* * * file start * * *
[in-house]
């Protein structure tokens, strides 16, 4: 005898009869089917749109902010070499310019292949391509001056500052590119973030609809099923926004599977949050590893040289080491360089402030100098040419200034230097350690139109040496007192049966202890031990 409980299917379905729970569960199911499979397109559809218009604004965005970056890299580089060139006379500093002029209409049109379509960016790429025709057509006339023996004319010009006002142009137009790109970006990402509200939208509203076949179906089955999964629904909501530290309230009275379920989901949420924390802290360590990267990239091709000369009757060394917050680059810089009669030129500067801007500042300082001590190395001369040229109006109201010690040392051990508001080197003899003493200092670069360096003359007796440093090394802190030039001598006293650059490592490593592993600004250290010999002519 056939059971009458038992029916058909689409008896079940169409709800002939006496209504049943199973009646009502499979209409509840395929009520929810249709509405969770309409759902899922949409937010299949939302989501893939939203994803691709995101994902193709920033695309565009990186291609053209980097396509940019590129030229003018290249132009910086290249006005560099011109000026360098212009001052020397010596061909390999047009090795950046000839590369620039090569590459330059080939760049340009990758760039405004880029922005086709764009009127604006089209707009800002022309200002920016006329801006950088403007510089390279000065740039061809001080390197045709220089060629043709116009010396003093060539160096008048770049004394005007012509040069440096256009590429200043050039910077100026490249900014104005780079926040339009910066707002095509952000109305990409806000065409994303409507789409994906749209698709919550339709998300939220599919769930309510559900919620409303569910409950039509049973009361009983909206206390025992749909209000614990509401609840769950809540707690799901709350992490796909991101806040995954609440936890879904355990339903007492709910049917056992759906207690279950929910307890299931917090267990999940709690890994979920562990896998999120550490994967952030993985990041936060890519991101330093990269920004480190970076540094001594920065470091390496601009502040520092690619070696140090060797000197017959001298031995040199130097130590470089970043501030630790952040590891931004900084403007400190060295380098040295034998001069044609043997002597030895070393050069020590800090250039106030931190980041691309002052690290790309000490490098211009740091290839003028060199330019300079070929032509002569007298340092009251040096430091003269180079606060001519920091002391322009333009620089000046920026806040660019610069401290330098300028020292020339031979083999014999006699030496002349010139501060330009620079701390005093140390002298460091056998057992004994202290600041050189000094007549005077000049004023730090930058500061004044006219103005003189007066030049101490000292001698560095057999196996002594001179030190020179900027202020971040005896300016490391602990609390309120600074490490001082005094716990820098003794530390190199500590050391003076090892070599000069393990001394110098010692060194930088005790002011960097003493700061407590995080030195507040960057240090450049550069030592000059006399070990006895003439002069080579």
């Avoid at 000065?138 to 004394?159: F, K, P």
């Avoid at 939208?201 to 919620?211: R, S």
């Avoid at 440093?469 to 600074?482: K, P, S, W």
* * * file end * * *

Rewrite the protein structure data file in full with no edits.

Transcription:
[in-house]
């Protein structure tokens, strides 16, 4: 005898009869089917749109902010070499310019292949391509001056500052590119973030609809099923926004599977949050590893040289080491360089402030100098040419200034230097350690139109040496007192049966202890031990 409980299917379905729970569960199911499979397109559809218009604004965005970056890299580089060139006379500093002029209409049109379509960016790429025709057509006339023996004319010009006002142009137009790109970006990402509200939208509203076949179906089955999964629904909501530290309230009275379920989901949420924390802290360590990267990239091709000369009757060394917050680059810089009669030129500067801007500042300082001590190395001369040229109006109201010690040392051990508001080197003899003493200092670069360096003359007796440093090394802190030039001598006293650059490592490593592993600004250290010999002519 056939059971009458038992029916058909689409008896079940169409709800002939006496209504049943199973009646009502499979209409509840395929009520929810249709509405969770309409759902899922949409937010299949939302989501893939939203994803691709995101994902193709920033695309565009990186291609053209980097396509940019590129030229003018290249132009910086290249006005560099011109000026360098212009001052020397010596061909390999047009090795950046000839590369620039090569590459330059080939760049340009990758760039405004880029922005086709764009009127604006089209707009800002022309200002920016006329801006950088403007510089390279000065740039061809001080390197045709220089060629043709116009010396003093060539160096008048770049004394005007012509040069440096256009590429200043050039910077100026490249900014104005780079926040339009910066707002095509952000109305990409806000065409994303409507789409994906749209698709919550339709998300939220599919769930309510559900919620409303569910409950039509049973009361009983909206206390025992749909209000614990509401609840769950809540707690799901709350992490796909991101806040995954609440936890879904355990339903007492709910049917056992759906207690279950929910307890299931917090267990999940709690890994979920562990896998999120550490994967952030993985990041936060890519991101330093990269920004480190970076540094001594920065470091390496601009502040520092690619070696140090060797000197017959001298031995040199130097130590470089970043501030630790952040590891931004900084403007400190060295380098040295034998001069044609043997002597030895070393050069020590800090250039106030931190980041691309002052690290790309000490490098211009740091290839003028060199330019300079070929032509002569007298340092009251040096430091003269180079606060001519920091002391322009333009620089000046920026806040660019610069401290330098300028020292020339031979083999014999006699030496002349010139501060330009620079701390005093140390002298460091056998057992004994202290600041050189000094007549005077000049004023730090930058500061004044006219103005003189007066030049101490000292001698560095057999196996002594001179030190020179900027202020971040005896300016490391602990609390309120600074490490001082005094716990820098003794530390190199500590050391003076090892070599000069393990001394110098010692060194930088005790002011960097003493700061407590995080030195507040960057240090450049550069030592000059006399070990006895003439002069080579």
């Avoid at 000065?138 to 004394?159: F, K, P």
């Avoid at 939208?201 to 919620?211: R, S």
């Avoid at 440093?469 to 600074?482: K, P, S, W």